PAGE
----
Cyber incident response platform – what"s the key to its simplicity?

Cyber incident response platform – what

With cyber protection, technology isn’t the most important part of the equation. It’s the human monitoring and communication when incidents happen that can make all the difference, according to Rafael (Raf) Sanchez (pictured), Beazley’s global head of cyber services.

Beazley’s new online incident response platform for US cyber policyholders takes those ideas into account, he said.

“Cyber incident response is such an emotive and risky moment for an organization,” Sanchez said. “We are cautious about what technologies we suggest and at that moment [of a response] we are relying on humans to provide that information.”

The new platform, announced at the end of May, is designed to provide a central location to monitor and manage incidents. Importantly, it also centralizes communications between the policyholder, Beazley and specialist service providers. Beazley is a global specialist insurer.

The platform is both hosted and created by a third-party provider named CYGNVS (pronounced “Cygnus”), a San Francisco-based start-up in stealth mode whose platform runs on Amazon’s cloud-based platform. It’s industry agnostic, which means the platform can be used in various industries at multiple levels.

“It’s essentially a secure communications platform that could be used for any number of utilities by organizations, but we, specifically at Beazley, have realized its utility for incident response,” Sanchez said. The reason, he added, is communication.

“One of the key issues we come across when we are dealing with cyber incidents is communication, whether it’s a lack of communication, incomplete communication, too much communication, inappropriate methods of communication [or] lack of oversight of communication,” Sanchez said. “What happens during a crisis is that carefully crafted incident response plan that was written up by a lawyer or an information security professional sitting at a desk – thinking rationally is not followed.”

Sanchez pointed out that when a cyber incident hits, people start communicating multiple ways, such as iMessage or WhatsApp, and those methods of communication are often not in the incident response plan, not listed as critical applications and they may not even be installed on the devices that are needed by the people conducting those communications.

The potential problems cascade beyond that, he said.

“Usually after the incident, when it comes to regulators, auditors, debriefs, senior management reports, board reports, the task of actually accumulating and correlating what happened when producing an after-action [cyber incident] report is almost impossible,” Sanchez explained.

Beazley’s intent is that the incident response platform avoids all those problems.

“This essentially is a [safe] portal for all important communications about an incident,” Sanchez said.

Safe spaces and the cloud

Having a cloud-based platform for cyber incident communications offers a safe space when all other communication options are in question.

“In many incidents there is doubt over the security of the insured’s own security infrastructure,” Sanchez said.

For example, in a ransomware attack, the threat actor may have compromised multiple systems. That means at the beginning of an incident when critical information needs to be shared, the threat actor could already have access to a company’s email platform or other communications systems.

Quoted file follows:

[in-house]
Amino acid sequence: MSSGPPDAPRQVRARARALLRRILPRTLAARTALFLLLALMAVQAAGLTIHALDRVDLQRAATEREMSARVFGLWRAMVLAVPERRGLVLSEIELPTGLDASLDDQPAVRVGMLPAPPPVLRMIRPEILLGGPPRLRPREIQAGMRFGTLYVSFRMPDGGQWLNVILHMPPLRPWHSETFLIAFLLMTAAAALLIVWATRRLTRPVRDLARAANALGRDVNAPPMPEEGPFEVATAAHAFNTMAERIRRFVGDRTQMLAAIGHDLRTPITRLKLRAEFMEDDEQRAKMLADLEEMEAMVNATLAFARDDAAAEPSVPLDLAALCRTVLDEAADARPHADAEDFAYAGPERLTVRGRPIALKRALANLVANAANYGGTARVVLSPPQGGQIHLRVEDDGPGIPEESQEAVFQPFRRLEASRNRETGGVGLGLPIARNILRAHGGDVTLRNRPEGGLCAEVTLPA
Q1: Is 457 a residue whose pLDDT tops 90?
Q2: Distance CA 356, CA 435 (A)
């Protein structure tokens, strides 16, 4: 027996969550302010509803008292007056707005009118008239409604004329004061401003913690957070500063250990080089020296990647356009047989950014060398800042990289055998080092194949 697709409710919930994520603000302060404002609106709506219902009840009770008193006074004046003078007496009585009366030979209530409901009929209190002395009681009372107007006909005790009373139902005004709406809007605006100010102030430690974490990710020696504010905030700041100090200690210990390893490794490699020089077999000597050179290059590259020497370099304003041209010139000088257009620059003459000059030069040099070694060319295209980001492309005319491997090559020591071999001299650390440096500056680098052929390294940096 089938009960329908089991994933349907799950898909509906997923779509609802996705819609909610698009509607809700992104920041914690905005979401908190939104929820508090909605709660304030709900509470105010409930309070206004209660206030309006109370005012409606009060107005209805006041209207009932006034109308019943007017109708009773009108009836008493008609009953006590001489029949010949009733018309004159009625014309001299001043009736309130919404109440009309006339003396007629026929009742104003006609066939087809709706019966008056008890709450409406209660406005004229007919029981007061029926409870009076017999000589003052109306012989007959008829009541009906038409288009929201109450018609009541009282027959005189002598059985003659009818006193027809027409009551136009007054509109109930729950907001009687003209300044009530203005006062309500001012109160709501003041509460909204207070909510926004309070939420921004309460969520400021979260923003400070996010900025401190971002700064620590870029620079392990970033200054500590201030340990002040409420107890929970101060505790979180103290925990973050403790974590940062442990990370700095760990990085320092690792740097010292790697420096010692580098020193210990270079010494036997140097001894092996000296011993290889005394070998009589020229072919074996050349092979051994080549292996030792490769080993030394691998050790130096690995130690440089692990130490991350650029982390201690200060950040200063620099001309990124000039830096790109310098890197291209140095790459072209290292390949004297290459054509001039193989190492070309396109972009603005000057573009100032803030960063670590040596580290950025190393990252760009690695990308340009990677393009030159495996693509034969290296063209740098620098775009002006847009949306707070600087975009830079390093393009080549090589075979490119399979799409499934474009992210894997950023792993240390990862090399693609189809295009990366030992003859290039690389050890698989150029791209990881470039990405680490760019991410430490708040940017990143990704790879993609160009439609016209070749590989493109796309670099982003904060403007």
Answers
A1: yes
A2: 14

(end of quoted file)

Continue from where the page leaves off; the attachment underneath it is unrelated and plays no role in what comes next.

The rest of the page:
“We have seen threat actors essentially looking over the shoulder of incident response teams because they have access to platforms that they use to authenticate their internal communications,” Sanchez explained. “In this new environment, which is [established] specifically for incident [response], we can guarantee the security and confidentiality of communications.”

Beyond, that, he said, an incident response platform addresses accountability from all parties.

“There is one place to find the trail of communications, and more importantly, the decisions that were taken during the incidents,” Sanchez said. “There’s multiple uses, but confidentiality and security of data is an important first one that we look at, really, in the first few critical days.”

Typical users of the platform might be the insurance carrier, the broker, the insured, experts that advise them, security investigators and digital forensics specialists. Crisis public relations could also be involved, with the idea of keeping every stakeholder communicating in one place.

“It’s a platform where the management of the incident can occur,” Sanchez said.

Low tech for now

For now, Sanchez said, Beazley is starting the platform focused on central communications, allowing people to communicate and exchange documents and other information.

Other technologies might emerge in the future, and Sanchez explained that CYGNVS continues to get feedback from the specialist insurer.

In other words, there is no automation or machine learning just yet.

“We do our best to try and show our insureds that our interests are 100% aligned with this,” Sanchez explained. “We put our money on the line, and we are only going to recommend technologies that prevent [clients] from having an incident because that is 100% aligned to our ability to make a profit.”

He added: “We are not trying to sell you seats for a software platform.”

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